Assembly Debate: Budget 2024/25

29 May 2024 - by Sophie Smyth

Following the debate in the Assembly yesterday on Budget 2024-25, Stratagem looks at the party’s reactions and outlines the top line allocations for each Department.

The Motion was passed with 61 Members voting ‘Aye’ and 21 Members voting ‘No’.

Minister of Finance Caoimhe Archibald MLA outlined the Budget in a written statement on 25th April. She said she will bring her recommendations on the June Monitoring Round to the Assembly at the end of June, and it is likely that there will be additional funding granted to the Executive.  

The Minister also said that, under the Interim Fiscal Framework agreed on 21st May, additional funding would be available from any Barnett consequentials in 2024-25 and 2025-26.

Chairs of the Statutory Committees told the Assembly they had requested briefings from their Departments on the budget but have not yet received these. This has limited their scrutiny of the budget.

A Budget Bill will be introduced to the Assembly in due course.

Reactions from Political Parties

  • Alliance Party Finance Spokesperson Eóin Tennyson MLA said that those who opposed the budget have not put forward any alternative proposals. He said it is necessary to have a budget in place to negotiate with the UK Treasury. He said the Alliance Party are committed to work with others to oppose austerity, secure a fair funding settlement and deliver reform to put public finances and political institutions on a “stable and sustainable” footing.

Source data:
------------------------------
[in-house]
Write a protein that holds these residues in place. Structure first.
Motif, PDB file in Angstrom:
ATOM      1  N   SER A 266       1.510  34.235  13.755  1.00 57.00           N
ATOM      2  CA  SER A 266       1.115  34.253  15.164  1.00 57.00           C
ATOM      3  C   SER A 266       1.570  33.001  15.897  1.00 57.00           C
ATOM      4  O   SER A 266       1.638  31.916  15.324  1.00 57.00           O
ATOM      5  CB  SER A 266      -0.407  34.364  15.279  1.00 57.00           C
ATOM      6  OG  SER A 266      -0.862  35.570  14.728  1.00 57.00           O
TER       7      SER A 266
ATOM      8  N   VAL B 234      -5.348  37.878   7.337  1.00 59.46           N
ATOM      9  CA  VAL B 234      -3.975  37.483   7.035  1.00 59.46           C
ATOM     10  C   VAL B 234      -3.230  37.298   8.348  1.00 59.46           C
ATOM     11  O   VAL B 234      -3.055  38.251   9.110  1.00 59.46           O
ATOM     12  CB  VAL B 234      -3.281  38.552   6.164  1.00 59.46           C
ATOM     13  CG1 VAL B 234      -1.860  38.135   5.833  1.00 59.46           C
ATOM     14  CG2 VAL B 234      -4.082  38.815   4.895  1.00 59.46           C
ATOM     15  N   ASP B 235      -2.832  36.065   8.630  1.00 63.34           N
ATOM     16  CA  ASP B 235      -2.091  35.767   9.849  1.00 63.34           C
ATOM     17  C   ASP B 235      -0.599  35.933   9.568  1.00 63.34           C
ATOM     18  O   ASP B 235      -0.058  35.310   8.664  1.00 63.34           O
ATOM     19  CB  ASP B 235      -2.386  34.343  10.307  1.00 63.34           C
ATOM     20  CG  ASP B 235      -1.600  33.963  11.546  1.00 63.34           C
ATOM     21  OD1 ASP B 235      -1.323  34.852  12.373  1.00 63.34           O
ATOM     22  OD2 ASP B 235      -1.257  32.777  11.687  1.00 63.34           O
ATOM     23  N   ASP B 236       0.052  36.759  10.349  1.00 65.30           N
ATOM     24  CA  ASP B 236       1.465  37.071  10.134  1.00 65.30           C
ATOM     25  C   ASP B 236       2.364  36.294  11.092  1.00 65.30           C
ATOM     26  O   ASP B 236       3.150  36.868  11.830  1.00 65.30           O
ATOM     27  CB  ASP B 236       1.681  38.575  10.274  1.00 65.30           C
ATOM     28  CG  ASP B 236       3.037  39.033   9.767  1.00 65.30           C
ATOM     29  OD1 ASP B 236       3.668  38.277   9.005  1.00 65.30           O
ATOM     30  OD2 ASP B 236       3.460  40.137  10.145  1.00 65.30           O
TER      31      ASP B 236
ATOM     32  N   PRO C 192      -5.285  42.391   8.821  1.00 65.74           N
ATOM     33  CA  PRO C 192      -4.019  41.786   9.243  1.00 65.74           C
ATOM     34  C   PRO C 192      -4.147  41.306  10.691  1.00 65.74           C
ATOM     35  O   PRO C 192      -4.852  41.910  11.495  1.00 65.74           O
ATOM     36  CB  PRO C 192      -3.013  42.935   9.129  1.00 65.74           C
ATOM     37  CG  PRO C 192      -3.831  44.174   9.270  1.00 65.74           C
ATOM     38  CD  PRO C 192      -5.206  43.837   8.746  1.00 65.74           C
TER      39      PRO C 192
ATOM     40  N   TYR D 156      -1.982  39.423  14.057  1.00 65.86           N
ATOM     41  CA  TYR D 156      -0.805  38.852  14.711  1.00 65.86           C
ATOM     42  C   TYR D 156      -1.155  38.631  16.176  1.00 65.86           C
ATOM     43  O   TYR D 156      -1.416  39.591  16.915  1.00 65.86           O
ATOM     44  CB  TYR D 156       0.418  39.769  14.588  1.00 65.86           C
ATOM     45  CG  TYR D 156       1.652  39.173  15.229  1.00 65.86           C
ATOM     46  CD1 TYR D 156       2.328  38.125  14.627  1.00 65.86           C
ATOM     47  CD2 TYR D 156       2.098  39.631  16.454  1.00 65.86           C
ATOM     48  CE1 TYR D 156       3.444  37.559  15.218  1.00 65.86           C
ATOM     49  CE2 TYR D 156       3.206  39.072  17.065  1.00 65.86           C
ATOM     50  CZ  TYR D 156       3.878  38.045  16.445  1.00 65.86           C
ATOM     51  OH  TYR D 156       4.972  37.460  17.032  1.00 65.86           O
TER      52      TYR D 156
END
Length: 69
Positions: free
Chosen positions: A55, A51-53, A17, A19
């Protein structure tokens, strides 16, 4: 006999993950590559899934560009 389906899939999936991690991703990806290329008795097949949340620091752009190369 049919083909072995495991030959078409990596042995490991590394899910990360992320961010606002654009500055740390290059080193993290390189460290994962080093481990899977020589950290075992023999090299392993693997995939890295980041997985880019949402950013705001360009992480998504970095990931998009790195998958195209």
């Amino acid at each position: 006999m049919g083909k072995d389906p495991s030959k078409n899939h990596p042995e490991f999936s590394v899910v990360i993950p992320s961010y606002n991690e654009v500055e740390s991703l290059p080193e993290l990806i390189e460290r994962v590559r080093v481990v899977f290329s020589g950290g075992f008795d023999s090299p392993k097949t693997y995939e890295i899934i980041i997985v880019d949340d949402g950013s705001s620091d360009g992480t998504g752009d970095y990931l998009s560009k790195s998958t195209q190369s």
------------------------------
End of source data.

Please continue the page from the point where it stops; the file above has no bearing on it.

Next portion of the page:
• UUP Leader Doug Beattie MLA said the UUP voted against the budget as they are “committed to standing up for our health service.” He said they would not “voluntarily exit” the Executive. He said that delivering the health service which Northern Ireland deserves will take decades and will require the “unwavering and continued commitment” of every political party.
  • SDLP Leader of the Opposition Matthew O’Toole MLA said the budget does “very little” to “save our collapsing public services or improve [people’s] quality of life.” He said the Executive has not produced a Programme for Government or clarity on key infrastructure projects. Referring to the upcoming General Election, he said the Minister must bring forward proposals on how any additional funding can be used to revive public services.

 Departmental Allocations

Departmental Resource DEL budgets include:

  • Department of Health – £7.76bn
  • Department of Education – £2.87bn
  • Department of Justice – £1.26bn
  • Department for Communities – £856.0m
  • Department for the Economy – £766.6m
  • Department of Agriculture, Environment and Rural Affairs – £577.3m
  • Department for Infrastructure – £559.5m
  • Department of Finance – £208.1m
  • The Executive Office - £183.2m

 Departmental Capital DEL allocations include:

  • Department for Infrastructure – £820.1m
  • Department of Health – £416.8m
  • Department of Education – £254.3m
  • Department for the Economy – £221.9m
  • Department for Communities – £133.4m
  • Department of Justice – £91.9m
  • Department of Agriculture, Environment and Rural Affairs – £95m
  • Department of Finance – £38.9m
  • The Executive Office - £10.5m